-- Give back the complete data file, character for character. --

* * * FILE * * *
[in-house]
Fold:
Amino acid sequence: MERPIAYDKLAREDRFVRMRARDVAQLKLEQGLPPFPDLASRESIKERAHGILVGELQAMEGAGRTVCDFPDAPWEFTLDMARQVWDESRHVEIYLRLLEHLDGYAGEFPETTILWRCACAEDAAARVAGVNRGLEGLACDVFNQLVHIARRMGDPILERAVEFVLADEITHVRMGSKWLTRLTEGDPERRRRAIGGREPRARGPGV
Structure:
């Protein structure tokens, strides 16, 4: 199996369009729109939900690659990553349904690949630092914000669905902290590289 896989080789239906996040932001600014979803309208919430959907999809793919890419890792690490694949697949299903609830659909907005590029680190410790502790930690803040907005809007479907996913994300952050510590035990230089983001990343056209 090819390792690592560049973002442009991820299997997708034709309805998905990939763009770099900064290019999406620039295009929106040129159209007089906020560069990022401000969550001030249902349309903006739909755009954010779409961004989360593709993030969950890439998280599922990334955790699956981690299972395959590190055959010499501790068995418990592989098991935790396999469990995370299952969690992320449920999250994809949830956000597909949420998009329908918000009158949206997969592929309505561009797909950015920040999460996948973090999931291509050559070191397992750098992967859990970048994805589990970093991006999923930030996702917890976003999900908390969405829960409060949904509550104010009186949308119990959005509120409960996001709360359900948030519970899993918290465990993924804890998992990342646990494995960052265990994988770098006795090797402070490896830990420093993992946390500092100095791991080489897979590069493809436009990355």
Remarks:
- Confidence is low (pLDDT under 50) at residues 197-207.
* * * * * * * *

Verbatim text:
[in-house]
Fold:
Amino acid sequence: MERPIAYDKLAREDRFVRMRARDVAQLKLEQGLPPFPDLASRESIKERAHGILVGELQAMEGAGRTVCDFPDAPWEFTLDMARQVWDESRHVEIYLRLLEHLDGYAGEFPETTILWRCACAEDAAARVAGVNRGLEGLACDVFNQLVHIARRMGDPILERAVEFVLADEITHVRMGSKWLTRLTEGDPERRRRAIGGREPRARGPGV
Structure:
């Protein structure tokens, strides 16, 4: 199996369009729109939900690659990553349904690949630092914000669905902290590289 896989080789239906996040932001600014979803309208919430959907999809793919890419890792690490694949697949299903609830659909907005590029680190410790502790930690803040907005809007479907996913994300952050510590035990230089983001990343056209 090819390792690592560049973002442009991820299997997708034709309805998905990939763009770099900064290019999406620039295009929106040129159209007089906020560069990022401000969550001030249902349309903006739909755009954010779409961004989360593709993030969950890439998280599922990334955790699956981690299972395959590190055959010499501790068995418990592989098991935790396999469990995370299952969690992320449920999250994809949830956000597909949420998009329908918000009158949206997969592929309505561009797909950015920040999460996948973090999931291509050559070191397992750098992967859990970048994805589990970093991006999923930030996702917890976003999900908390969405829960409060949904509550104010009186949308119990959005509120409960996001709360359900948030519970899993918290465990993924804890998992990342646990494995960052265990994988770098006795090797402070490896830990420093993992946390500092100095791991080489897979590069493809436009990355």
Remarks:
- Confidence is low (pLDDT under 50) at residues 197-207.